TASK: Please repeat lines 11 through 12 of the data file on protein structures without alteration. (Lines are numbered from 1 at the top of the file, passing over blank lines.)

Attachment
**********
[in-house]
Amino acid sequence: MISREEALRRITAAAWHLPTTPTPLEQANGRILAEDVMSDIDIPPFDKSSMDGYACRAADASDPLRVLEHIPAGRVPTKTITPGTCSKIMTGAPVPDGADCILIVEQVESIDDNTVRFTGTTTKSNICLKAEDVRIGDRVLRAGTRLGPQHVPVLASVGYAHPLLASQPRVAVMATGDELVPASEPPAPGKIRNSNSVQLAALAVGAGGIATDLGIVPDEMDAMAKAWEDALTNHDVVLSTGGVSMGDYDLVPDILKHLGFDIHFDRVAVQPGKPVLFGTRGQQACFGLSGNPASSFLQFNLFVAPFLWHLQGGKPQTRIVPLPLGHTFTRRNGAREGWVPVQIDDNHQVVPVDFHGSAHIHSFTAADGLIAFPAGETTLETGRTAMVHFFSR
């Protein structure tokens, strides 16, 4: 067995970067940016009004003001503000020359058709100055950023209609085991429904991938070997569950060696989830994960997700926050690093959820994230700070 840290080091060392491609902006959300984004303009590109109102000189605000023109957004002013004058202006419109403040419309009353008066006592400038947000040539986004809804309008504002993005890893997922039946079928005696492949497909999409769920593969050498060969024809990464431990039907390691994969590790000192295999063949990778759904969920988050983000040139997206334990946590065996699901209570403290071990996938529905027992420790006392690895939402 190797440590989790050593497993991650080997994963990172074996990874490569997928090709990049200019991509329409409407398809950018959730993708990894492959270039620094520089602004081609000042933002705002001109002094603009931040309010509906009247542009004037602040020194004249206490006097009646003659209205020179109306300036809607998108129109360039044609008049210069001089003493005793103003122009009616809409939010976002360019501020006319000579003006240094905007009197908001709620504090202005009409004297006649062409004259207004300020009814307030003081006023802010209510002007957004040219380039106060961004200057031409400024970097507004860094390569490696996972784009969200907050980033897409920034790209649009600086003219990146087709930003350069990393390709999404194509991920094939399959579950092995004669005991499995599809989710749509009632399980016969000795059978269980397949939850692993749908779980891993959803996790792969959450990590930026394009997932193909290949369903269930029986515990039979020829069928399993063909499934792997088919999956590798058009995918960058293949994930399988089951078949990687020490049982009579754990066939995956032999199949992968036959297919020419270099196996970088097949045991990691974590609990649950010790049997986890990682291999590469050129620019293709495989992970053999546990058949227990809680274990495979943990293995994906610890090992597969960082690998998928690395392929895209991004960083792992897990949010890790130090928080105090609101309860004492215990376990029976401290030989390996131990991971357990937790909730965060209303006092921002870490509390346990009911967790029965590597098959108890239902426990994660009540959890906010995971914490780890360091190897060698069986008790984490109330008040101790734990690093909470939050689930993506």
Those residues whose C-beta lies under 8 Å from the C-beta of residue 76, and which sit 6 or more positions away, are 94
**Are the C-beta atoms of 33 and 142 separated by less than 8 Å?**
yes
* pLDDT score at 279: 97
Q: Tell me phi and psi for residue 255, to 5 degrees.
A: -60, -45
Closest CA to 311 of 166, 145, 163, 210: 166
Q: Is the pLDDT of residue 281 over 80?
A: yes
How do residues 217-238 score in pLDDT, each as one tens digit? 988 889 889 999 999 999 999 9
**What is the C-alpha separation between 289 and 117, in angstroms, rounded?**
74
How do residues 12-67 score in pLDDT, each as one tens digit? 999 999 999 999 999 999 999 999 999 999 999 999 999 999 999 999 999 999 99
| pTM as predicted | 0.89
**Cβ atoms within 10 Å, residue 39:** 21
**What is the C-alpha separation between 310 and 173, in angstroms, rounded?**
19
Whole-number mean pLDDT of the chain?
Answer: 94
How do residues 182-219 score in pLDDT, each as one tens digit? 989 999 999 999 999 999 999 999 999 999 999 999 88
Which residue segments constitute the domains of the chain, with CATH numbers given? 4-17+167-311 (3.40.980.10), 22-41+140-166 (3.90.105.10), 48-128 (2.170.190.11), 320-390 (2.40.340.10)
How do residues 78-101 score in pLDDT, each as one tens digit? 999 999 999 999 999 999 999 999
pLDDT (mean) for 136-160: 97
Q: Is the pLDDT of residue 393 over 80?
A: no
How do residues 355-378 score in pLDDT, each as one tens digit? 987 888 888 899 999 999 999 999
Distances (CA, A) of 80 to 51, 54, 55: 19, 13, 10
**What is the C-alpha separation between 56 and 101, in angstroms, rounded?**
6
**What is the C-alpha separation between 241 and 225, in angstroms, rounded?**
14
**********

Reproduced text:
Q: Is the pLDDT of residue 281 over 80?
A: yes